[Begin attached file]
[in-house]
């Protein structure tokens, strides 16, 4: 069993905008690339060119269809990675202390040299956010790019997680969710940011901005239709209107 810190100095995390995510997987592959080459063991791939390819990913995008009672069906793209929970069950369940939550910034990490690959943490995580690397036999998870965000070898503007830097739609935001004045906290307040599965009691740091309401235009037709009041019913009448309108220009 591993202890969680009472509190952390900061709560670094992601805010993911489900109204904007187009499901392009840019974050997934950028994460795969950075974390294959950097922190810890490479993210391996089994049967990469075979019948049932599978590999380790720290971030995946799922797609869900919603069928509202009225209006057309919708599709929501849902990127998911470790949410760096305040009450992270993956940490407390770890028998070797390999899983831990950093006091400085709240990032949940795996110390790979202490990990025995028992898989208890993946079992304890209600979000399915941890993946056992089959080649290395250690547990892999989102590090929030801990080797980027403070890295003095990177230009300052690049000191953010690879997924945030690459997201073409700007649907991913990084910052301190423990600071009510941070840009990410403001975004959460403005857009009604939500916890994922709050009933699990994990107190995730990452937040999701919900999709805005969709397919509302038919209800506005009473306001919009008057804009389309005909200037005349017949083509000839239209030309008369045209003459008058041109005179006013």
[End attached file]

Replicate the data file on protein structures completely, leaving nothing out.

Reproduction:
[in-house]
């Protein structure tokens, strides 16, 4: 069993905008690339060119269809990675202390040299956010790019997680969710940011901005239709209107 810190100095995390995510997987592959080459063991791939390819990913995008009672069906793209929970069950369940939550910034990490690959943490995580690397036999998870965000070898503007830097739609935001004045906290307040599965009691740091309401235009037709009041019913009448309108220009 591993202890969680009472509190952390900061709560670094992601805010993911489900109204904007187009499901392009840019974050997934950028994460795969950075974390294959950097922190810890490479993210391996089994049967990469075979019948049932599978590999380790720290971030995946799922797609869900919603069928509202009225209006057309919708599709929501849902990127998911470790949410760096305040009450992270993956940490407390770890028998070797390999899983831990950093006091400085709240990032949940795996110390790979202490990990025995028992898989208890993946079992304890209600979000399915941890993946056992089959080649290395250690547990892999989102590090929030801990080797980027403070890295003095990177230009300052690049000191953010690879997924945030690459997201073409700007649907991913990084910052301190423990600071009510941070840009990410403001975004959460403005857009009604939500916890994922709050009933699990994990107190995730990452937040999701919900999709805005969709397919509302038919209800506005009473306001919009008057804009389309005909200037005349017949083509000839239209030309008369045209003459008058041109005179006013």